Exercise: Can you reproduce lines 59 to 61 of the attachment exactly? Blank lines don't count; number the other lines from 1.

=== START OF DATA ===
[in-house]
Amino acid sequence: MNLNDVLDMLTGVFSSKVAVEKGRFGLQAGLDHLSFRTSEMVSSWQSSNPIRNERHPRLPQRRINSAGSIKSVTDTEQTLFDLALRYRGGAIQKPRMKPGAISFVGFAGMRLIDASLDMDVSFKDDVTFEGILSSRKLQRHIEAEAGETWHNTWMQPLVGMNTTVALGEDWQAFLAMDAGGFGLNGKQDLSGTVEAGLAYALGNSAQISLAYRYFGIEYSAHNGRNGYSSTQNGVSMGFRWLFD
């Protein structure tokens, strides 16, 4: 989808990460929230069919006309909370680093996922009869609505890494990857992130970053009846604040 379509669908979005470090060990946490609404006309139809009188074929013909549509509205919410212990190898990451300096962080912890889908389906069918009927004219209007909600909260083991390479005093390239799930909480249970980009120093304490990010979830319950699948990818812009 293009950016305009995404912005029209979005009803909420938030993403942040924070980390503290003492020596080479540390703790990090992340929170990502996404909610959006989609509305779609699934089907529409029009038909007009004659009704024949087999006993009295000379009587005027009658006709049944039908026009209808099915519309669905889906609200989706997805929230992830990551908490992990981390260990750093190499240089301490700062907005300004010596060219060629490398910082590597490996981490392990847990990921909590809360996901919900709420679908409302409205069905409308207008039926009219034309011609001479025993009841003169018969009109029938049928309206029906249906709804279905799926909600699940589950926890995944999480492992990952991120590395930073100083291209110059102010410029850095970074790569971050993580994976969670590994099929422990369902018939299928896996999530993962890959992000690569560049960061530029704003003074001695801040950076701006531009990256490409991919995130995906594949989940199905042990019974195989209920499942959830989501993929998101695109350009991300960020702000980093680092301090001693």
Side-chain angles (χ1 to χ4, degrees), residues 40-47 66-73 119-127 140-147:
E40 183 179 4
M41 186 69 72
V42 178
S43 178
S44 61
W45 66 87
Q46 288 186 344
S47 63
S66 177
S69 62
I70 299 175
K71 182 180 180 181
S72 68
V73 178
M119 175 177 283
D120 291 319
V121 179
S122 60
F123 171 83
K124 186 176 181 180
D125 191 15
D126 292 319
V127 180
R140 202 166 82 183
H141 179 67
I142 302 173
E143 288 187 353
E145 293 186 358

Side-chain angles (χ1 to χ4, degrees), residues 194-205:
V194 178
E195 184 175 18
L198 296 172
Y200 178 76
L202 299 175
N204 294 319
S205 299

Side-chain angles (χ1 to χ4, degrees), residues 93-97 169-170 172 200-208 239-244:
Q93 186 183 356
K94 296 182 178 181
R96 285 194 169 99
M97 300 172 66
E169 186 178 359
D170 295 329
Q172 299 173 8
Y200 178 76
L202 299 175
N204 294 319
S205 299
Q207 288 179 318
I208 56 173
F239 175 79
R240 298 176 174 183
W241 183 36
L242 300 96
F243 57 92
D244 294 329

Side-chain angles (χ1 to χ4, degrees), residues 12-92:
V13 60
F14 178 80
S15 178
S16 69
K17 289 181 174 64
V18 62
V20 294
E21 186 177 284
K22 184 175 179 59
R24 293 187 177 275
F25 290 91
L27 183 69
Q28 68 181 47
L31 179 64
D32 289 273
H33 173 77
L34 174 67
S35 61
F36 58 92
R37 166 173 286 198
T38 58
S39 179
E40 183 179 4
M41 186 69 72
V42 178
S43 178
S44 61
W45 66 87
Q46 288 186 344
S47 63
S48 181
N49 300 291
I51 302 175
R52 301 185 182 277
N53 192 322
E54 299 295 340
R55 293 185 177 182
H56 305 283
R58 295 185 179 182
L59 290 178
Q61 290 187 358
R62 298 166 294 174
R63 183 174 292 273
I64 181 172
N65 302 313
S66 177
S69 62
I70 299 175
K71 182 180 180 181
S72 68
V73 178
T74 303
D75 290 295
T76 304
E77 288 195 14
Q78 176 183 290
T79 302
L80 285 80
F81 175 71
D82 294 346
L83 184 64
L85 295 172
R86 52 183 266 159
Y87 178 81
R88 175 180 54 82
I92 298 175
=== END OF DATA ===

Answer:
F243 57 92
D244 294 329

Side-chain angles (χ1 to χ4, degrees), residues 12-92: